oranges

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Design Food

A Compostable Lamp Made from 3D-Printed Orange Peels Proposes a Sustainable Use for Food Waste

July 21, 2021

Grace Ebert

All images courtesy of Krill Design

Part sustainable design and part ode to Sicilian food culture, a new product by a Milan-based startup transforms inedible food waste into a functional homeware. Krill Design’s “Ohmie” is a compostable lamp made from the peels of two to three oranges sourced from the Messina province that are dried, ground into a powder, and added to a biopolymeric vegetable starch base. That combined material is molded into pellets used in a 3D printing process that layers the vibrant matter into a textured shade and base. Because of its organic origins, the minimal, leather-like lamp varies slightly in color as it ages and even maintains its signature citrusy scent.

“Ohmie” isn’t Krill Design’s first product that relies on a circular economy model: previous initiatives involve recycled plastics and coffee scraps that undergo a similar process before they’re molded into office furniture and other consumer goods. The orange lamp already met its goal on Kickstarter, but you’ve got about two weeks left to back the project. You also might enjoy this juice machine that creates bioplastic cups. (via Dezeen)

 

The orange peel and vegetable starch pellets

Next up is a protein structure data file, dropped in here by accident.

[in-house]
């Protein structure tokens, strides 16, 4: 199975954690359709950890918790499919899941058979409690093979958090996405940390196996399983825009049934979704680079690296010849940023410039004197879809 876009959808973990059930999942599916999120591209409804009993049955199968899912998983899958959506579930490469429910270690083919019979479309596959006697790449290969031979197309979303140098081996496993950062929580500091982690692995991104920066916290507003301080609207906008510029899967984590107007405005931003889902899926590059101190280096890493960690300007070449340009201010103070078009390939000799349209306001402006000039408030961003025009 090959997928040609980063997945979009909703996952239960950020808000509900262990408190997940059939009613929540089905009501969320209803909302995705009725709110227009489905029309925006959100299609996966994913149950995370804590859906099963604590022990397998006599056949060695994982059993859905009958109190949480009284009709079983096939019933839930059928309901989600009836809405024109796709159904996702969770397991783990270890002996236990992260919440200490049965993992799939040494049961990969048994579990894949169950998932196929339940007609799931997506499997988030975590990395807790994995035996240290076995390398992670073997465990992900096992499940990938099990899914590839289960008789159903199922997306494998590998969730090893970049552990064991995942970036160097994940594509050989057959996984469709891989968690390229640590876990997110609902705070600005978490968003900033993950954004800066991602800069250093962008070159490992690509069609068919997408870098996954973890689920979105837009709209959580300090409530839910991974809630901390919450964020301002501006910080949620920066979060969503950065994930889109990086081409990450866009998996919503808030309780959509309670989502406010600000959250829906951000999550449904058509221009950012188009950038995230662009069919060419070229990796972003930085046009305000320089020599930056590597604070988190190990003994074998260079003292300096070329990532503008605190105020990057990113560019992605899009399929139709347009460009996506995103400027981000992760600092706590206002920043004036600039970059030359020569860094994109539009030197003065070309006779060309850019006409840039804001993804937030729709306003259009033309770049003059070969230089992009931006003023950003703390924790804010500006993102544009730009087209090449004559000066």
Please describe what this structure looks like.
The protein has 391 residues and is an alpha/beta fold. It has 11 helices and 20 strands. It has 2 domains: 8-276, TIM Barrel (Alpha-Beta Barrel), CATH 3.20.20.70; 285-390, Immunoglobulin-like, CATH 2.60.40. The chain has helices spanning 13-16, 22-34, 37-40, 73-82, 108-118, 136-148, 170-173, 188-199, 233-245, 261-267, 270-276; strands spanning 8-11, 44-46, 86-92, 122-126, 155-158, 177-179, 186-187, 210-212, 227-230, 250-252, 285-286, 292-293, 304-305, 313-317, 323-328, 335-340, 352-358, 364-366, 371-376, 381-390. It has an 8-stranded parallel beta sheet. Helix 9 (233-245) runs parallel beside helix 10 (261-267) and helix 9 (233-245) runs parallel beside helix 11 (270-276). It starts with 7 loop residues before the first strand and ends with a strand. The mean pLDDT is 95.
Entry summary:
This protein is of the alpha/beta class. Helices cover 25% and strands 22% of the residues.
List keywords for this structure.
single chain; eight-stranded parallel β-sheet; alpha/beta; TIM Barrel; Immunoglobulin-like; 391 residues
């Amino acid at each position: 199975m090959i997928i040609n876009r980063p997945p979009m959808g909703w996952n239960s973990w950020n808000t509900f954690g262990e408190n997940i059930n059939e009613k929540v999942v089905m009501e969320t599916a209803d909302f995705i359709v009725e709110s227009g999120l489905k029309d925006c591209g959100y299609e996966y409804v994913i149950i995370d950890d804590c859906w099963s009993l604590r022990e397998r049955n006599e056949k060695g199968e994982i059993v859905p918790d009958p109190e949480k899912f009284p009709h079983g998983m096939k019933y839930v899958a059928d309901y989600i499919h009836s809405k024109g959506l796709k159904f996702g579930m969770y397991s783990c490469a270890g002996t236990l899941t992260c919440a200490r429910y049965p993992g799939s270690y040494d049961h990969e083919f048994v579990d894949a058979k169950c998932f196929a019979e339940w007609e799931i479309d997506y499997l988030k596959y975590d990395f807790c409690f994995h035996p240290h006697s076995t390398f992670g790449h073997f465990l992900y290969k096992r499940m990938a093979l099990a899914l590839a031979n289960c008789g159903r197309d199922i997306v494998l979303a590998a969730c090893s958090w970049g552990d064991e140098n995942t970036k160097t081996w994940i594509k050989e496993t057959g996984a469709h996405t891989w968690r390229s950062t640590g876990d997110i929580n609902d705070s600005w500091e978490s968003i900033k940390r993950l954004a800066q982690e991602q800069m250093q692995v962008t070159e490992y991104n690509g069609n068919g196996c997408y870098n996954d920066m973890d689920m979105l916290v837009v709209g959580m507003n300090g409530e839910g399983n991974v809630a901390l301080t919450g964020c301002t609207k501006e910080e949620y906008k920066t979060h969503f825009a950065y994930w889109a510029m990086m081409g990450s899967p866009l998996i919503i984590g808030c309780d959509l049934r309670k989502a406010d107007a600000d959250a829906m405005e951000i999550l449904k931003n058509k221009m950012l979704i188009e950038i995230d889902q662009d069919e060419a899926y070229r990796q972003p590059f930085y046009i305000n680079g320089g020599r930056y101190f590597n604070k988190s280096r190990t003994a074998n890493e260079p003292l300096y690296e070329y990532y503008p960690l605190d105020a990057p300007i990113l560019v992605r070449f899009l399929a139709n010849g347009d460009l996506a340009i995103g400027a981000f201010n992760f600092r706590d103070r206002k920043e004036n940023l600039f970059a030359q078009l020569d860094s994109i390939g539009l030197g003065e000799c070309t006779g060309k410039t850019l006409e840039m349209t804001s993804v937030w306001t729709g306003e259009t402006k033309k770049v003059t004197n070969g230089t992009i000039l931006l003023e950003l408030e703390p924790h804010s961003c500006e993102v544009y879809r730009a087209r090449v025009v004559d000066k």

Design Food

A New Circular Juice Machine Turns Orange Peels into Bioplastic Cups

September 9, 2019

Laura Staugaitis

Freshly squeezed orange juice is a welcome sight at cafes worldwide. The machines often showcase about-to-be-squeezed oranges with pinball machine-esque wire loading racks and clear cases that allow the consumer to see their juice being made in real time. International design firm Carlo Ratti Associati (previously) takes the immediacy of the experience to another level. ‘Feel the Peel’ is a prototype machine that uses orange peels to create bioplastic, shaping bespoke cups to hold the juice made from the cups’ own innards.

In a press release about the project, Carlo Ratti Associati (CRA) explains that the approximately 9-foot tall machine handles 1,500 oranges, and the peels accumulate in the lower level. The peels are dried, milled, and mixed with polylactic acid to form a bioplastic, which is then heated and melted so that an internal 3-D printer can form each recyclable cup. CRA shares that they will continue to iterate, and are considering creating clothing from orange peels as a future functionality.

Follow along with CRA’s wide-ranging projects on Instagram and Twitter. If you enjoy Feel the Peel, also check out the cone-shaped french fry holders made from potato peels, designed by Simone Caronni, Paolo Stefano Gentile and Pietro Gaeli, as well as Mi Zhou’s toiletry containers made of soap. (via designboom)

 

 



Food Photography

The Energy Generated from A Single Orange: A Citric Acid Battery by Caleb Charland

November 15, 2012

Christopher Jobson

This orange battery was built by photographer Caleb Charland (previously) as part of his ongoing alternative energy photographs using fruit, vegetables, and other objects to create light for his long-exposure photographs. The electricity powering the lightbulb inside the orange is generated through a chemical reaction between citric acid and the zinc nails inserted into each wedge. I think this is by far the most lovely piece he’s done in the series, but before you start work on a bunch of orange lights to keep on the nightstand, the light generated was so dim this particular photograph required a 14 hour exposure.